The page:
Tags: Russia | China | Strengthen | Axis

Russia, China Strengthen Axis

Sunday, 29 April 2001 12:00 AM

On Saturday, Jiaxuan and his counterparts from Russia, Kazakhstan, Tajikistan and Kyrgyzstan met at a meeting of the so-called "Shanghai Five" group to discuss issues ranging from global stability to regional security, from fighting international terrorism to weapons and narcotics smuggling in the Central Asian region.

However, the key assignment of Jiaxuan's trip to Russia was the preparation of the upcoming July visit to Moscow by Chinese leader Jiang Zemin.

According to Russian Foreign Minister Igor Ivanov who met with Jiaxuan Saturday morning, Russia and China will post a record number of top level talks in 2001.

"We practically don't have any problems that could annoy our relations," Putin told the Chinese diplomat Sunday.

According to the Russian president, the relations between Russia and China "are developing intensively and in a positive vein."

Among other achievements, Putin praised the recent boost in trade between the two countries saying that in 2000 "the annual turnover grew by 40 percent and reached the record figure of $8 billion."

China is the world's foremost purchaser of Russian weapons and military equipment. Around one million ethnic Chinese are believed to be living in Russia.

Jiaxuan passed along to Putin best wishes and greetings from President Zemin, who will meet with the Russian leader at least three times this year.

In June, Putin and Zemin are scheduled to meet first in China at the next summit of the "Shanghai Five" group of nations.

In Shanghai, the member states of the alliance will sign a joint protocol pledging to fight terrorism, extremism and separatism in the turbulent Central Asian region.

Zemin's July visit to Moscow will be the highlight of the Russian-Chinese diplomatic activity in 2001, as the two leaders are expected to sign a new comprehensive bilateral treaty defining the future relations between Moscow and Beijing over a 20-year period.

Finally, Putin and Zemin will attend the Asian-Pacific Economic Cooperation forum in October.

On Sunday, Jiaxuan said that he was "satisfied with the results of the trip" adding a bit of praise for his Moscow hosts by saying that he had the impression he was "still at home."

During his talks with Ivanov, Jiaxuan underlined that the bilateral treaty would not "be directed against third countries" but would only reflect Russia's and China's efforts to build a multi-polar world.

The partnership between the two countries could be strengthened further as both Moscow and Beijing oppose Washington's global dominance.

Moreover, Russia shares China's concern over U.S. President George Bush's pledge last week to militarily support Taiwan.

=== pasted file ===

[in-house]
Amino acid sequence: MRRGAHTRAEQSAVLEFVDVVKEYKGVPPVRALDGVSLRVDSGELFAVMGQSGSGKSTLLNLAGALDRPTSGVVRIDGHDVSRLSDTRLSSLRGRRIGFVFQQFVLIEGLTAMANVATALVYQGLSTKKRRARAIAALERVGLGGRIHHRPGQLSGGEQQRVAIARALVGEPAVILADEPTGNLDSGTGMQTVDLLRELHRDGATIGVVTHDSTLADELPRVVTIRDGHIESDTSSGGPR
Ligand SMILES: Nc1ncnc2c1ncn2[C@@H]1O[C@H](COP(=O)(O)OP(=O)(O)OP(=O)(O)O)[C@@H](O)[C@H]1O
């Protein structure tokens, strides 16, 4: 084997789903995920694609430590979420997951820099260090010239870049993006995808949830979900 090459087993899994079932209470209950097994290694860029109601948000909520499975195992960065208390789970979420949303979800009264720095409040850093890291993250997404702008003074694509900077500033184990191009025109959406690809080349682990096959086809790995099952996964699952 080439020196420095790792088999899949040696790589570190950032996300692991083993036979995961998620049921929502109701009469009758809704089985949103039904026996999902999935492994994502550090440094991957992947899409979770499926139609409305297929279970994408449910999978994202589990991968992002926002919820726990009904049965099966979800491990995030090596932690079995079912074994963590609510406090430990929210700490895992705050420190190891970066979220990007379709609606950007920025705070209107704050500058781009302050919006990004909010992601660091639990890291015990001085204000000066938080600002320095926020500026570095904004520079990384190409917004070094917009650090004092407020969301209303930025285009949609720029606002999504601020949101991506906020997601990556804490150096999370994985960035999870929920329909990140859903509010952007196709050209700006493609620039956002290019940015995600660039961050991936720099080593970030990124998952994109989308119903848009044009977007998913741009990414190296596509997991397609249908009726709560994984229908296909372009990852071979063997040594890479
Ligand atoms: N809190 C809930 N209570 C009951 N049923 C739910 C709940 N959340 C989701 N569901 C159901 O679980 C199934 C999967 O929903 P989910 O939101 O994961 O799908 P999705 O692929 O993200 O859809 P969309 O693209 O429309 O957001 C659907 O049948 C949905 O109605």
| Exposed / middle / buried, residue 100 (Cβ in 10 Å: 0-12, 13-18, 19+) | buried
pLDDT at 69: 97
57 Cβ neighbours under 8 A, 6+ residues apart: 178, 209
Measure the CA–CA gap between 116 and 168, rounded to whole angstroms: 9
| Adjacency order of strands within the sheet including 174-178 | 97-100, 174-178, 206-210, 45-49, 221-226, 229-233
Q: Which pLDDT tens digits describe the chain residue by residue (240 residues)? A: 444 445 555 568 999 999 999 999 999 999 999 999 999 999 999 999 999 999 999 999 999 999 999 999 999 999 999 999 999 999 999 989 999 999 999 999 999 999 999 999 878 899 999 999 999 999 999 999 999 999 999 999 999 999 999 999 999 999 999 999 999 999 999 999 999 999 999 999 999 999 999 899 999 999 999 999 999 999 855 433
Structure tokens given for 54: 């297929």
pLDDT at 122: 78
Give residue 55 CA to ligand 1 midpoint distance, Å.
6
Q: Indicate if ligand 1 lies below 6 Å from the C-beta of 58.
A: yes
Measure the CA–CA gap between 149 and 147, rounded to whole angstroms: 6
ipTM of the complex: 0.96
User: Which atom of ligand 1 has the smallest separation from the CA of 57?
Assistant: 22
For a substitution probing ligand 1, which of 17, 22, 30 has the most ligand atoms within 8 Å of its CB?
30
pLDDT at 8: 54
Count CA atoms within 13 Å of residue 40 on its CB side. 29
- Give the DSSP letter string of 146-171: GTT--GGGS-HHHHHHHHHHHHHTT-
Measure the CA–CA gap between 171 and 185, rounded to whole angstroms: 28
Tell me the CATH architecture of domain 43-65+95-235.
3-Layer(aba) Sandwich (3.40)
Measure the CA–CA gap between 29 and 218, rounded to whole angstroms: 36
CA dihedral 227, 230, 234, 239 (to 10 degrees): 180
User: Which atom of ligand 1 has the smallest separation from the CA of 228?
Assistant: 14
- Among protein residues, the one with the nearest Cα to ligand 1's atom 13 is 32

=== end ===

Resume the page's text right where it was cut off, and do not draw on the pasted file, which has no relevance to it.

On Sunday, Itar-Tass quoted unnamed sources which it said were close to the Chinese embassy in Moscow as saying that the U.S. pledge to arm Taiwan caused "serious concerns that entitle China to have the full right to take adequate steps."

The same sources added that the Russian-Chinese strategic partnership "is the main obstacle in Washington's pursuit of generating global influence."

"We have given a great deal of attention to the complex of problems connected with preserving strategic stability in the world and creating a multi-polar world," Ivanov said Sunday.

"The stances of Russia and China on these issues coincide and we will continue to closely coordinate our actions in the international arena."

The two ministers reiterated that both Russia and China would insist on preserving the Anti-Ballistic Missile Treaty of 1972 as the cornerstone of the global strategic stability despite the unilateral U.S. bid to walk out on the agreement by building its own national missile defense system.

Meanwhile, Russia's domestic security service charged Sunday a Russian scientist with treason and fraud, alleging he was handing over classified data to China.

In February, the regional division of the FSB in the Siberian city of Krasnoyarsk arrested researcher Valentin Danilov on suspicion that he was providing a Chinese firm with the secret information that could help reduce costs of developing a military space vehicle.

On Sunday, Danilov was charged with state treason and fraud despite his lawyers' argument that the allegedly secret materials had been declassified in 1992.

However, the incident will seemingly have no greater impact on further development of scientific ties between the two countries.

As he spoke on the issue Sunday, Jiaxuan stressed that he would have to investigate the situation upon his return to Beijing in order to give a fuller reply.

"One thing I can say for certain – regardless of the facts involved in this case, it will fail to negatively influence the development of the Russian-Chinese scientific and technical cooperation," said Jiaxuan.

Copyright 2001 by United Press International. All rights reserved.

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On Saturday, Jiaxuan and his counterparts from Russia, Kazakhstan, Tajikistan and Kyrgyzstan met at a meeting of the so-called Shanghai Five group to discuss issues ranging from global stability to regional security, from fighting international terrorism to weapons and...
Sunday, 29 April 2001 12:00 AM
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